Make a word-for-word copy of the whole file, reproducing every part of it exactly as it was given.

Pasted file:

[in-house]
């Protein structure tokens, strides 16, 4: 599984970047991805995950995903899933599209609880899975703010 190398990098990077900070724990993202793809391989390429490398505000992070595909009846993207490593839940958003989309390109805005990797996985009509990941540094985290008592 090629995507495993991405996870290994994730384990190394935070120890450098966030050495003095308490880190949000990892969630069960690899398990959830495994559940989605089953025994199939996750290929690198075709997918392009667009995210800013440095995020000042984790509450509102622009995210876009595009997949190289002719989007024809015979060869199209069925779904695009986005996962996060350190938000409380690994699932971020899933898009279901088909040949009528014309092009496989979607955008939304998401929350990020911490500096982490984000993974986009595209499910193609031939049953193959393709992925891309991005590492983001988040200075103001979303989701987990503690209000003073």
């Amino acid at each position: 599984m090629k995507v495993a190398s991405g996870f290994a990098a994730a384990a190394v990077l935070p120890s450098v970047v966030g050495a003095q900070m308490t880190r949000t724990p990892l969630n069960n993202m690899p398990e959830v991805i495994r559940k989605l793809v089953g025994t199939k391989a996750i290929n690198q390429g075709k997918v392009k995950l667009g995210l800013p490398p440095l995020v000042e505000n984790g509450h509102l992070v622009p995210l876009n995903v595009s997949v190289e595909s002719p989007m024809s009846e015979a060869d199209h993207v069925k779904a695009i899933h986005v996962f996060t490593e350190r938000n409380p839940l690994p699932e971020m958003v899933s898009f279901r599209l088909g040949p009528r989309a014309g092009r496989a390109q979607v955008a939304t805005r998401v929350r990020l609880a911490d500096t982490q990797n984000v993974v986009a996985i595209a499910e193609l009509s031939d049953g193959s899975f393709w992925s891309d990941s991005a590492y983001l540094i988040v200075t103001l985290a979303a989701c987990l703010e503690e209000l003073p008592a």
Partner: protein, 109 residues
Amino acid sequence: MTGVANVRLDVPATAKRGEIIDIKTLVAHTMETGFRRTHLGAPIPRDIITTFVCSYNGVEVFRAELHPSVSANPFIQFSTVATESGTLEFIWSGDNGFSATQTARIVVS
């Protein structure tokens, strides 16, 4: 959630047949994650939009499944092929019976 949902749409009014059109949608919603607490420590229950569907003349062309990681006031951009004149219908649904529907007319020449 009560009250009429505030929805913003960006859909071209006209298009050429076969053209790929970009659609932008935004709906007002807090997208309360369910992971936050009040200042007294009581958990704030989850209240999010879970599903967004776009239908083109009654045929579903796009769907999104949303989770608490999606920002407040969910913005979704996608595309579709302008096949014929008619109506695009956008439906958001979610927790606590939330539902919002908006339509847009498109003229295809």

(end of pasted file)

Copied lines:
[in-house]
């Protein structure tokens, strides 16, 4: 599984970047991805995950995903899933599209609880899975703010 190398990098990077900070724990993202793809391989390429490398505000992070595909009846993207490593839940958003989309390109805005990797996985009509990941540094985290008592 090629995507495993991405996870290994994730384990190394935070120890450098966030050495003095308490880190949000990892969630069960690899398990959830495994559940989605089953025994199939996750290929690198075709997918392009667009995210800013440095995020000042984790509450509102622009995210876009595009997949190289002719989007024809015979060869199209069925779904695009986005996962996060350190938000409380690994699932971020899933898009279901088909040949009528014309092009496989979607955008939304998401929350990020911490500096982490984000993974986009595209499910193609031939049953193959393709992925891309991005590492983001988040200075103001979303989701987990503690209000003073």
């Amino acid at each position: 599984m090629k995507v495993a190398s991405g996870f290994a990098a994730a384990a190394v990077l935070p120890s450098v970047v966030g050495a003095q900070m308490t880190r949000t724990p990892l969630n069960n993202m690899p398990e959830v991805i495994r559940k989605l793809v089953g025994t199939k391989a996750i290929n690198q390429g075709k997918v392009k995950l667009g995210l800013p490398p440095l995020v000042e505000n984790g509450h509102l992070v622009p995210l876009n995903v595009s997949v190289e595909s002719p989007m024809s009846e015979a060869d199209h993207v069925k779904a695009i899933h986005v996962f996060t490593e350190r938000n409380p839940l690994p699932e971020m958003v899933s898009f279901r599209l088909g040949p009528r989309a014309g092009r496989a390109q979607v955008a939304t805005r998401v929350r990020l609880a911490d500096t982490q990797n984000v993974v986009a996985i595209a499910e193609l009509s031939d049953g193959s899975f393709w992925s891309d990941s991005a590492y983001l540094i988040v200075t103001l985290a979303a989701c987990l703010e503690e209000l003073p008592a």
Partner: protein, 109 residues
Amino acid sequence: MTGVANVRLDVPATAKRGEIIDIKTLVAHTMETGFRRTHLGAPIPRDIITTFVCSYNGVEVFRAELHPSVSANPFIQFSTVATESGTLEFIWSGDNGFSATQTARIVVS
């Protein structure tokens, strides 16, 4: 959630047949994650939009499944092929019976 949902749409009014059109949608919603607490420590229950569907003349062309990681006031951009004149219908649904529907007319020449 009560009250009429505030929805913003960006859909071209006209298009050429076969053209790929970009659609932008935004709906007002807090997208309360369910992971936050009040200042007294009581958990704030989850209240999010879970599903967004776009239908083109009654045929579903796009769907999104949303989770608490999606920002407040969910913005979704996608595309579709302008096949014929008619109506695009956008439906958001979610927790606590939330539902919002908006339509847009498109003229295809």